Creating a Culture of Accountability at 500 Donald Street East

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500 Donald Street East - Thunder Bay City Hall
500 Donald Street East - Thunder Bay City Hall

THUNDER BAY – POLITICS – One of the tasks that face what will be Thunder Bay’s next City Council, and new Mayor will be ensuring accountability at 500 Donald Street East.

The task of accountability for city administration should be almost atop the agenda.

Another major task for the new member of council will be making sure that things accomplished.

A number of Councillors along with Managers have stated that the issue has been getting things done during COVID-19.

Thunder Bay taxpayers have seen the past council focus on a legacy project, the indoor Turf Facility, while some of the key issues concerning citizens have seemingly lagged.

Accountability?

There are two major instances this year where an apparent lack of accountability has reigned supreme at 500 Donald Street East.

James Whalen Tug on May 1
James Whalen at Kam River Park – Image Facebook

First was the sinking of the James Whalen, and second was the draining of Boulevard Lake.

Lake is drained... no swimming today
Lake is drained… no swimming today

Citizens have not received any real answers to either of these incidents.

At Kam River Park, the sinking of the James Whalen is just the latest example of how that park, like other south-side parks are not seemingly considered as important as other parks and facilities in other parts of Thunder Bay.

Let’s just say Dease Pool which was allowed to degrade to a point where a historic facility was demolished. I digress.

In the case of the James Whalen tugboat at Kam River Park. This historic tugboat was purchased and brought to Kam River Park as a part of showcasing the history of our city.

Over the past decades, and since the City of Thunder Bay took over responsibility for the James Whalen the tugboat has experienced problems.

At Riverfest, in 2013, the last time the James Whalen was to be open to the public, no one bothered to check on the historic tugboat. The day of the event it was discovered that people had been living in the James Whalen for some time, and the inside was littered with fecal matter, broken glass, used needles and garbage.

In 2013, on Boxing Day, the James Whalen fell away from the dock.

Over the years, the James Whalen has taken on water and started to list a few times. It has never, since the city took it on received the attention it should.

James Whalen Sunk
James Whalen Sunk

This spring when the James Whalen sunk into the river, the pumps had not been installed. City crews were, reportedly there on Friday night and all was apparently well.

But then, overnight, the James Whalen sunk.

Thunder Bay taxpayers have been given a bill of almost a million dollars to lift the James Whalen out of the Kam River and transport it to a location on dry land. It is estimated to take two years now for a decision to be made.

This summer just as the new dam at Boulevard Lake was opened, somehow one night someone opened the gates and drained the lake.

Reportedly, no one thought to put locks on the gates the would allow anyone to open the dam. Additionally, the security cameras at Boulevard Lake were not operational.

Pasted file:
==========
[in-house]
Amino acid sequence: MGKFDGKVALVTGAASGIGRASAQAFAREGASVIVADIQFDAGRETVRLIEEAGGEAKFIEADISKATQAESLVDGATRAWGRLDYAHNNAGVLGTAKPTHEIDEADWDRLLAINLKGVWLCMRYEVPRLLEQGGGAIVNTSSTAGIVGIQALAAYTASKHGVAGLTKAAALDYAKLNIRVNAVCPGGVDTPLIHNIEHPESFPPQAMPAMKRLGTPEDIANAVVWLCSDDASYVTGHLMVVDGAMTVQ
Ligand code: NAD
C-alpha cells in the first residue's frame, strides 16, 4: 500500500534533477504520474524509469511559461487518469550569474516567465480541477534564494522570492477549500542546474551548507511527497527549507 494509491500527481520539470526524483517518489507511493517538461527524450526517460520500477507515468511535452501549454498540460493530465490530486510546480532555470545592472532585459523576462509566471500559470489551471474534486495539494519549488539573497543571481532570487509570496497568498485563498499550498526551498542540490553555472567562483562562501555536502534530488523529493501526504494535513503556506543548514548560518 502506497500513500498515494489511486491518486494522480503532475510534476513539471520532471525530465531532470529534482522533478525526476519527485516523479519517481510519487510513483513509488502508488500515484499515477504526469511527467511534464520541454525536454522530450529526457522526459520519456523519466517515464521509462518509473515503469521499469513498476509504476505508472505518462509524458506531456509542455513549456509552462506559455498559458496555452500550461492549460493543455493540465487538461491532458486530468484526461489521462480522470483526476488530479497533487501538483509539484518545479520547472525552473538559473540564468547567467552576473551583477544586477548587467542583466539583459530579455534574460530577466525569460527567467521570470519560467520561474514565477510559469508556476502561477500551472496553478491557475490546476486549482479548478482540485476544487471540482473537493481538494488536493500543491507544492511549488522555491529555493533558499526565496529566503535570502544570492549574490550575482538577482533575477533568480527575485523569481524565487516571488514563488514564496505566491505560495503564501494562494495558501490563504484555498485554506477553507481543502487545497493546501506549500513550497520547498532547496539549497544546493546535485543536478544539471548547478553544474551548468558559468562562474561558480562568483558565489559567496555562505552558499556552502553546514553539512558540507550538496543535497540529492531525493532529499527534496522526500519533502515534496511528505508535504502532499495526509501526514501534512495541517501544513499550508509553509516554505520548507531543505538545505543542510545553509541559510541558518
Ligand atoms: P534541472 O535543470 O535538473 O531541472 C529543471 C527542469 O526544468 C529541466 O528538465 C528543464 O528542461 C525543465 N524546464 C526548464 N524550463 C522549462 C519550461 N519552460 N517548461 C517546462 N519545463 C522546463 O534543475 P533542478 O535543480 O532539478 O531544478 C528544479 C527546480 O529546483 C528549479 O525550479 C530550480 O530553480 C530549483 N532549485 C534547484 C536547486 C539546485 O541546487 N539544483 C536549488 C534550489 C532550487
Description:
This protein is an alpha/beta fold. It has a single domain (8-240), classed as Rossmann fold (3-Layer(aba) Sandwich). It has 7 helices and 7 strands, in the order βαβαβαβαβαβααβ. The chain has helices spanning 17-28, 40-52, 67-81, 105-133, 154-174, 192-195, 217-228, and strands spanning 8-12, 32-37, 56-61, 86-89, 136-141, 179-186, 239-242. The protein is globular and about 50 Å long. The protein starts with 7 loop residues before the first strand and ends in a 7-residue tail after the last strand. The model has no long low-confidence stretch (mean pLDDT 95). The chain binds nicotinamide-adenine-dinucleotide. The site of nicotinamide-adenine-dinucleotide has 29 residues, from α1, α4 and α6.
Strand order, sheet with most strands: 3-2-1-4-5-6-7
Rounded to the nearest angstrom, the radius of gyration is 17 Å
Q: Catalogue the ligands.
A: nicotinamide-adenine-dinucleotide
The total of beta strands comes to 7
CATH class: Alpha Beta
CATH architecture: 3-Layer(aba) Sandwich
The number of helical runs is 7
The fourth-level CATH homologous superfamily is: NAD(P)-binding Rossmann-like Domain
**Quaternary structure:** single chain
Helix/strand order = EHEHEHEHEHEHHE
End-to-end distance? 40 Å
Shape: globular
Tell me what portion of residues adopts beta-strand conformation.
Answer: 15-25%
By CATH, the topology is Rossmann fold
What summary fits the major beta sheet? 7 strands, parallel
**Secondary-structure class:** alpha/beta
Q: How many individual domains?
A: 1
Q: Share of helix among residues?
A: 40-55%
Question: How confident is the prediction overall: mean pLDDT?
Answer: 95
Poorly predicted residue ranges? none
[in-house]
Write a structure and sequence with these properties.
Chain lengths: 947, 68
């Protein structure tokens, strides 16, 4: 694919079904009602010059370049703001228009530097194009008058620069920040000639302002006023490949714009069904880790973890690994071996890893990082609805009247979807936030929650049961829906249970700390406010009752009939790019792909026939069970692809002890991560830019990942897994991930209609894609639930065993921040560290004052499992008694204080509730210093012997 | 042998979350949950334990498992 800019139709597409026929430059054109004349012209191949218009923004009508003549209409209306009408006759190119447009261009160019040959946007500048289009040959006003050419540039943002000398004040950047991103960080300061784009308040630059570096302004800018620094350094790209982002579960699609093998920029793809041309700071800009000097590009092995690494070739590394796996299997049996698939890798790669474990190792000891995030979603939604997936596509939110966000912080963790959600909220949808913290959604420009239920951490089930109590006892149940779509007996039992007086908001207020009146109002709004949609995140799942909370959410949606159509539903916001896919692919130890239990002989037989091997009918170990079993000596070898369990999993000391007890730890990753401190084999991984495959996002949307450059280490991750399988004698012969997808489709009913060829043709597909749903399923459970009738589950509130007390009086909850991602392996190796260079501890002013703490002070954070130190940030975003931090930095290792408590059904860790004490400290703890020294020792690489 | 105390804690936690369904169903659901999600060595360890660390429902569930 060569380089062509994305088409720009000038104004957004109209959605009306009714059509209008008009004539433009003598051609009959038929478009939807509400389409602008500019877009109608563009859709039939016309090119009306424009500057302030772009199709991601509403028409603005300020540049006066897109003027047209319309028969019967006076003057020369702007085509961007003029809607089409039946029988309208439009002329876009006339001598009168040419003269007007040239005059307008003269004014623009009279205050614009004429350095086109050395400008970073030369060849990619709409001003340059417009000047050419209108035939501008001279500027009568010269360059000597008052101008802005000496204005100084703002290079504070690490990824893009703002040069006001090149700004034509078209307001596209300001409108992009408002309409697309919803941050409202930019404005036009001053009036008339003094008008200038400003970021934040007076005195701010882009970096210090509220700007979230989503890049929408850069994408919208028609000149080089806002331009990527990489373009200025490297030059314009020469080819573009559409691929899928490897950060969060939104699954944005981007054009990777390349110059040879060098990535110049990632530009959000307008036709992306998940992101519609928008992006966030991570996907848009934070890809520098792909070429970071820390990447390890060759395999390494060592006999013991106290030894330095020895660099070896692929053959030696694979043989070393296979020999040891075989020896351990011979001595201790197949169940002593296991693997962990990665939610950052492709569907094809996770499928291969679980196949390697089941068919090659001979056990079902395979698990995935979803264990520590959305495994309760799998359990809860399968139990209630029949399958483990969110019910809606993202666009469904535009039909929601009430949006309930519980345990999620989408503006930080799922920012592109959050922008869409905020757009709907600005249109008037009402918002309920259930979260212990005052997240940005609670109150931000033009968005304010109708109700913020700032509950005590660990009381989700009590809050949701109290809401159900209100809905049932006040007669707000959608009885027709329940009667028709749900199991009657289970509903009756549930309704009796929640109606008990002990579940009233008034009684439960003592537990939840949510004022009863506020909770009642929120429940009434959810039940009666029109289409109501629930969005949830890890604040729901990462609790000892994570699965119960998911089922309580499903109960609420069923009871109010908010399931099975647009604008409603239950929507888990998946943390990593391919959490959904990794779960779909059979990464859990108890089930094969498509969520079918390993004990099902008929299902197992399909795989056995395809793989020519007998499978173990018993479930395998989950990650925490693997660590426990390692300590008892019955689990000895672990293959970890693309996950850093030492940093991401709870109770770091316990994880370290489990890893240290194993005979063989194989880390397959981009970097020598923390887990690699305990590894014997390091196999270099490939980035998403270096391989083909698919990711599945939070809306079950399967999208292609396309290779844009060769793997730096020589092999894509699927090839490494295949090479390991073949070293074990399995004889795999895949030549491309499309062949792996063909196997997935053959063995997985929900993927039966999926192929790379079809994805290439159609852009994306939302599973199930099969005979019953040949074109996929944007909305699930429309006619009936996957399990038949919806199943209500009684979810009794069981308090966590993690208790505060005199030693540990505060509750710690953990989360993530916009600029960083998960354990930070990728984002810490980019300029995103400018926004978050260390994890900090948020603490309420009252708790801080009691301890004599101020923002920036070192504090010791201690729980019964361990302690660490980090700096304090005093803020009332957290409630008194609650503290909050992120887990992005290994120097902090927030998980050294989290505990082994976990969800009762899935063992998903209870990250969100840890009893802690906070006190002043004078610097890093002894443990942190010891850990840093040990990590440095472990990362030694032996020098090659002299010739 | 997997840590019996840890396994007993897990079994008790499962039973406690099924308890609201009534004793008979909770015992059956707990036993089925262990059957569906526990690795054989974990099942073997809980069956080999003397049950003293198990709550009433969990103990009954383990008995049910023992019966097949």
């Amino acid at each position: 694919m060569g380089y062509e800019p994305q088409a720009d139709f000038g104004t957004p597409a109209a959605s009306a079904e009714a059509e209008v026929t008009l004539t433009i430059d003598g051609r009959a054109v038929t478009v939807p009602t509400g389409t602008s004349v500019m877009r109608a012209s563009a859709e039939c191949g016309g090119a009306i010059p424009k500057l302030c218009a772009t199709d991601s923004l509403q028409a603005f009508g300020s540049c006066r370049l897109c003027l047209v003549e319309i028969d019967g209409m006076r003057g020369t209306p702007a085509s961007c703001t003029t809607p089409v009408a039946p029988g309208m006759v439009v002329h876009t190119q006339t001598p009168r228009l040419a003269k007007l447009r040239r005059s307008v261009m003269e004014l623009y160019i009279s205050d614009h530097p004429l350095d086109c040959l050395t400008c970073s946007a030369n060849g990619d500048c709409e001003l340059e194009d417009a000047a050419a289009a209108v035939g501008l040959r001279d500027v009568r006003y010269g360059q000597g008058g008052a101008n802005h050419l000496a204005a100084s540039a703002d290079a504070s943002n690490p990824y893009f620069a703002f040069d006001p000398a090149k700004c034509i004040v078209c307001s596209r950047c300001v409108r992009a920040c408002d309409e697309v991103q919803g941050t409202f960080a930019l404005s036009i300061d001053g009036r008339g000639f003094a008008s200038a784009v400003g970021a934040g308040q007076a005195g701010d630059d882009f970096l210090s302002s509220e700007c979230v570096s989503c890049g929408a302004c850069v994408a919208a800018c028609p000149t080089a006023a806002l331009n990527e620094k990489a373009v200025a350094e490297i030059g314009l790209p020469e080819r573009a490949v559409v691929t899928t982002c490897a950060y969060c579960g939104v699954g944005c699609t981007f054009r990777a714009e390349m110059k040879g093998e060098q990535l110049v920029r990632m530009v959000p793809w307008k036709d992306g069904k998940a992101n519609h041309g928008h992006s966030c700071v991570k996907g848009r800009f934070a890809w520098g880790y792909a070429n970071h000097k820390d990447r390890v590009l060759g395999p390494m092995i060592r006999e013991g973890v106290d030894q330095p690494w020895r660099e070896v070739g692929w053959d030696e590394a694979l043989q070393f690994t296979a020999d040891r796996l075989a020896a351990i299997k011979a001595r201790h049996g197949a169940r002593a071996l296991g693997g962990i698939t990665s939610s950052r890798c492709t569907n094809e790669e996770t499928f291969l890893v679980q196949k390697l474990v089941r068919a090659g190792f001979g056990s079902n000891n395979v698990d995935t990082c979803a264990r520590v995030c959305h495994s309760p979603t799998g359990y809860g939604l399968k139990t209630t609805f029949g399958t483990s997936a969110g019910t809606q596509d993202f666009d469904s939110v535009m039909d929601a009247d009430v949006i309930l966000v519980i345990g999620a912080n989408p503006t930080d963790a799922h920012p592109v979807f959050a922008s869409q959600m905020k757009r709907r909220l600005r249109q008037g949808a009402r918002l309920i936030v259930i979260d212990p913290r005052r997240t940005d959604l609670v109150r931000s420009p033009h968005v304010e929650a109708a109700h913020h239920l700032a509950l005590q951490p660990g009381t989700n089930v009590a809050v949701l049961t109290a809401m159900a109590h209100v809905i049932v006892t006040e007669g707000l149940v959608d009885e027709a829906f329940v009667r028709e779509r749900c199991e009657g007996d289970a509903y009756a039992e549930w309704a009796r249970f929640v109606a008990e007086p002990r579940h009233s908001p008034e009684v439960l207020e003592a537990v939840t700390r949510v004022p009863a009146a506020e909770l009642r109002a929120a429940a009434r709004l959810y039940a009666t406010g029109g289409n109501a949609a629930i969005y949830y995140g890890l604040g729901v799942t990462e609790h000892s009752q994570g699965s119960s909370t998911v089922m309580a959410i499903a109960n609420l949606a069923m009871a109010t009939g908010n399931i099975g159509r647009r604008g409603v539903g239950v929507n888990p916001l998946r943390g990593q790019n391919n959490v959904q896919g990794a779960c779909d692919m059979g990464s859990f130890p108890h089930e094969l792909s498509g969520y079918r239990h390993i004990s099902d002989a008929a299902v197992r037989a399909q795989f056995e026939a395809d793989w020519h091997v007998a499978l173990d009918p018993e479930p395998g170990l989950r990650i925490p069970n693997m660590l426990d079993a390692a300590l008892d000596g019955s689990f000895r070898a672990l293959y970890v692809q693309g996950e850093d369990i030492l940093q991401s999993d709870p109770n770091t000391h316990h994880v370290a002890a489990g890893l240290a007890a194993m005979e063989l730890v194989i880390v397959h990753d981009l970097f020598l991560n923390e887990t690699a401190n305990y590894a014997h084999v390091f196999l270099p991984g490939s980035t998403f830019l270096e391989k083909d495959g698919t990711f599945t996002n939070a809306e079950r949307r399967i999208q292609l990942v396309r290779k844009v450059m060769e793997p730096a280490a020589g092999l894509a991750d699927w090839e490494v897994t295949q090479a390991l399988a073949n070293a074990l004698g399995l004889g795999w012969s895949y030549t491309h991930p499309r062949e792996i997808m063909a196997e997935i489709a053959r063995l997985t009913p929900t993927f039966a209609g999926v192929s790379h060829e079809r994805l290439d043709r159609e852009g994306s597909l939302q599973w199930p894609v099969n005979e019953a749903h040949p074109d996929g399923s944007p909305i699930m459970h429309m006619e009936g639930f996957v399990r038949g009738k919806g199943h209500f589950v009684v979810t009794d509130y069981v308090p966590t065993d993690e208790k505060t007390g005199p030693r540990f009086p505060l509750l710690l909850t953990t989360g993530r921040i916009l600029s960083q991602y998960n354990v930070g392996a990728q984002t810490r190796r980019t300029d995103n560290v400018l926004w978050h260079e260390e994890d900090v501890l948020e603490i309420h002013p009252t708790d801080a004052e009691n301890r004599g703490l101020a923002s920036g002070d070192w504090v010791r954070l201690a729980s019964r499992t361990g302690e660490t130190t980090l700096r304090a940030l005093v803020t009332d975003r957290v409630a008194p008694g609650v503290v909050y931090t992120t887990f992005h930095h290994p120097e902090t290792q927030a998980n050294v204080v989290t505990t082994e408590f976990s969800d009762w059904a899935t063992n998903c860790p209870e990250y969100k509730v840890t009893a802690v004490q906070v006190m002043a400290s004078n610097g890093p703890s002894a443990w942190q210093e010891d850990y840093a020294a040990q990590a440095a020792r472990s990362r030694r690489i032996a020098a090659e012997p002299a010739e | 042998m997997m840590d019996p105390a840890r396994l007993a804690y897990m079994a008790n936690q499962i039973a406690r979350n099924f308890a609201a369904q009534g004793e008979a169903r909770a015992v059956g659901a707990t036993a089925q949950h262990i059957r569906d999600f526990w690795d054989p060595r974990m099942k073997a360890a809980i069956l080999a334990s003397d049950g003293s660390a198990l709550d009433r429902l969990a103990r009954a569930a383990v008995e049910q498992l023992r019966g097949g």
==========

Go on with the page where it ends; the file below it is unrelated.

Fortunately the massive surge of water didn’t cause any environmental damage or cause a massive fish die off.

Again, like the James Whalen, there has been no one taken to task for this major lack of task completion.

Accountability? That appears to be missing.

Imagine if at your job, you were to make a mistake that cost your employer a million dollars? Do you think you would still be working at the company?

Likely not.

However at 500 Donald Street East, in what looks again like “business as usual”, no one has stepped up to accept responsibility for the failures that led to the James Whalen sinking.

Same game with the dam at Boulevard Lake.

Its more than Tugboats and Dams

Across Thunder Bay our roads have through the course of this year really started to show their age. Sinkholes on Edward Street, River Street, Court Street, and all over the city have spent the summer with orange cones but not repairs.

On Court Street a sinkhole on the northbound lane is about five feet deep, and is currently protected by a road sign and an orange cone. Well, it was, as of today, all that is there is a street sign laying over the hole.

At Bruce and Theresa - large hole
At Bruce and Theresa – large hole

One wonders how much liability there would be if a child fell in or a vehicle had an accident? I digress.

Experts in road construction tell NetNewsLedger that the biggest issue here is insufficient compaction of the road base. This is especially evident around storm sewers where many sinkholes are located.

Compacting the road base around storm sewers is more difficult that road bases. Usually the process is a small one person compactor/vibrator that obviously does not do the job.

One city councillor has told NetNewsLedger the issue isn’t Administration but lies with Council.

Perhaps that is a fact.

Perhaps the issue is City Council has become too content in recent years with letting Administration carry the ball.

You may note in this article, we have not talked about the major issues with the Police Services Board. That is likely for another column.

For Thunder Bay voters, now getting candidates at their doors, having incumbents explain the need for experienced voices around the council chamber, and some new candidates promising jobs, a new economy, and sunshine and roses, it is time for voters in our city to start hitting prospective elected representatives hard with the questions on where they stand on making sure accountability is a top priority.

That of course is just, to borrow from Thunder Bay’s beacon of Radio Voice, “Just One Man’s Opinion”.

James Murray